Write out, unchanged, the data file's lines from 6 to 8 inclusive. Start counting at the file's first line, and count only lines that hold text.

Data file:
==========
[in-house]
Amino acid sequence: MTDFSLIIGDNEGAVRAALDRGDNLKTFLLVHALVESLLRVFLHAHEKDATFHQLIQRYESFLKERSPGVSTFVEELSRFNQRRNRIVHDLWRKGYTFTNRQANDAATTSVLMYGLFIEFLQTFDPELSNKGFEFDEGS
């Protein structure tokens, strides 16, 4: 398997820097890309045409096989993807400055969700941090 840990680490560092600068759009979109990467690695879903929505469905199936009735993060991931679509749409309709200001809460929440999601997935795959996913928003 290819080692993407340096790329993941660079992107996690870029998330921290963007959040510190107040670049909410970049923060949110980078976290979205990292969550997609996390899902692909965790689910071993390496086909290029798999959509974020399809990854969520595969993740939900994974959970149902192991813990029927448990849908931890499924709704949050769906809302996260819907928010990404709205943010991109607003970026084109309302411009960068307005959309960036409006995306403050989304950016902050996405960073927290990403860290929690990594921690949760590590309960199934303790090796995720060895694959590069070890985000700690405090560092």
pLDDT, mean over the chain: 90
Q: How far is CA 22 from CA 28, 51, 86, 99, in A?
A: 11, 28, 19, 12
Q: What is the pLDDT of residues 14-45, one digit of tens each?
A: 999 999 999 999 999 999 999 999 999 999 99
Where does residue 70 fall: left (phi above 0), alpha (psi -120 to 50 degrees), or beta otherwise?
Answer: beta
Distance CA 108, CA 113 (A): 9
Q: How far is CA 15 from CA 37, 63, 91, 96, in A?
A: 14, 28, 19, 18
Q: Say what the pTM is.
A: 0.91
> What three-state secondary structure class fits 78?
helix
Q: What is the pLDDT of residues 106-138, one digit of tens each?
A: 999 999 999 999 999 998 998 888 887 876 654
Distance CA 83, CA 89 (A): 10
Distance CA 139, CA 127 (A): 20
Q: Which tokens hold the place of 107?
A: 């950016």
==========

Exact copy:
A: 11, 28, 19, 12
Q: What is the pLDDT of residues 14-45, one digit of tens each?
A: 999 999 999 999 999 999 999 999 999 999 99